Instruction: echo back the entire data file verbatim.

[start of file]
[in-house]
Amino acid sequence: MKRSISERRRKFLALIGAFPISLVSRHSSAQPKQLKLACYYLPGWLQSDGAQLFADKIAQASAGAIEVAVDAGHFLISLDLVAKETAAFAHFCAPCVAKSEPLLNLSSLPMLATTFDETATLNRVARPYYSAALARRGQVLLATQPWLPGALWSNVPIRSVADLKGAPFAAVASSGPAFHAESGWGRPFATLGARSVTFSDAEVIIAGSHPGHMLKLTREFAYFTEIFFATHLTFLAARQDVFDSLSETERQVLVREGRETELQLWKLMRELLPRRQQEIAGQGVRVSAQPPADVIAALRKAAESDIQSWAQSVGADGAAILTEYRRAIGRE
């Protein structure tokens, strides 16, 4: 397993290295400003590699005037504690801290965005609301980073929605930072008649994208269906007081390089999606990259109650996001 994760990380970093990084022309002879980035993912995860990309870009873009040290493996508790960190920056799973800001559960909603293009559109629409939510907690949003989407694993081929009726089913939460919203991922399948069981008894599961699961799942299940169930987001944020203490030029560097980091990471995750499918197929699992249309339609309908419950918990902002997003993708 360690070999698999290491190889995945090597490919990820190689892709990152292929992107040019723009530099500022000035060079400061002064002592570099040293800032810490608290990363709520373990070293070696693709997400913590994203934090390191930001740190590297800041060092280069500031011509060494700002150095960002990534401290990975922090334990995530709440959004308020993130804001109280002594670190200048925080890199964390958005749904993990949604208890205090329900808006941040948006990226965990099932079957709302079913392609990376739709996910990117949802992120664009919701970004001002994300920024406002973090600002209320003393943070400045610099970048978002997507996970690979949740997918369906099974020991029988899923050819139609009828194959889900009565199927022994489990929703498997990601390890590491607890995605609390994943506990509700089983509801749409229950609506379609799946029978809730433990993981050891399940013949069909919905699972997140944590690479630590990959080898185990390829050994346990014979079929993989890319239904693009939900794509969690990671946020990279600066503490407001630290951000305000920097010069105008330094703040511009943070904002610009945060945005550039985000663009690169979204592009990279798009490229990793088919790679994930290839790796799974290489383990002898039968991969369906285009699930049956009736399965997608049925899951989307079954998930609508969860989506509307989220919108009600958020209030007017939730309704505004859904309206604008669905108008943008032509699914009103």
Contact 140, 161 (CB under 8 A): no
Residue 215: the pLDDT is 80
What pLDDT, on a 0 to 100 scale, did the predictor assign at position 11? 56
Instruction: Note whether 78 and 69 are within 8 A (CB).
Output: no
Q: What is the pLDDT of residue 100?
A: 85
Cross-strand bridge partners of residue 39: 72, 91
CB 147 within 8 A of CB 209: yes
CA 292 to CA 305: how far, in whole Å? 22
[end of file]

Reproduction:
[in-house]
Amino acid sequence: MKRSISERRRKFLALIGAFPISLVSRHSSAQPKQLKLACYYLPGWLQSDGAQLFADKIAQASAGAIEVAVDAGHFLISLDLVAKETAAFAHFCAPCVAKSEPLLNLSSLPMLATTFDETATLNRVARPYYSAALARRGQVLLATQPWLPGALWSNVPIRSVADLKGAPFAAVASSGPAFHAESGWGRPFATLGARSVTFSDAEVIIAGSHPGHMLKLTREFAYFTEIFFATHLTFLAARQDVFDSLSETERQVLVREGRETELQLWKLMRELLPRRQQEIAGQGVRVSAQPPADVIAALRKAAESDIQSWAQSVGADGAAILTEYRRAIGRE
């Protein structure tokens, strides 16, 4: 397993290295400003590699005037504690801290965005609301980073929605930072008649994208269906007081390089999606990259109650996001 994760990380970093990084022309002879980035993912995860990309870009873009040290493996508790960190920056799973800001559960909603293009559109629409939510907690949003989407694993081929009726089913939460919203991922399948069981008894599961699961799942299940169930987001944020203490030029560097980091990471995750499918197929699992249309339609309908419950918990902002997003993708 360690070999698999290491190889995945090597490919990820190689892709990152292929992107040019723009530099500022000035060079400061002064002592570099040293800032810490608290990363709520373990070293070696693709997400913590994203934090390191930001740190590297800041060092280069500031011509060494700002150095960002990534401290990975922090334990995530709440959004308020993130804001109280002594670190200048925080890199964390958005749904993990949604208890205090329900808006941040948006990226965990099932079957709302079913392609990376739709996910990117949802992120664009919701970004001002994300920024406002973090600002209320003393943070400045610099970048978002997507996970690979949740997918369906099974020991029988899923050819139609009828194959889900009565199927022994489990929703498997990601390890590491607890995605609390994943506990509700089983509801749409229950609506379609799946029978809730433990993981050891399940013949069909919905699972997140944590690479630590990959080898185990390829050994346990014979079929993989890319239904693009939900794509969690990671946020990279600066503490407001630290951000305000920097010069105008330094703040511009943070904002610009945060945005550039985000663009690169979204592009990279798009490229990793088919790679994930290839790796799974290489383990002898039968991969369906285009699930049956009736399965997608049925899951989307079954998930609508969860989506509307989220919108009600958020209030007017939730309704505004859904309206604008669905108008943008032509699914009103």
Contact 140, 161 (CB under 8 A): no
Residue 215: the pLDDT is 80
What pLDDT, on a 0 to 100 scale, did the predictor assign at position 11? 56
Instruction: Note whether 78 and 69 are within 8 A (CB).
Output: no
Q: What is the pLDDT of residue 100?
A: 85
Cross-strand bridge partners of residue 39: 72, 91
CB 147 within 8 A of CB 209: yes
CA 292 to CA 305: how far, in whole Å? 22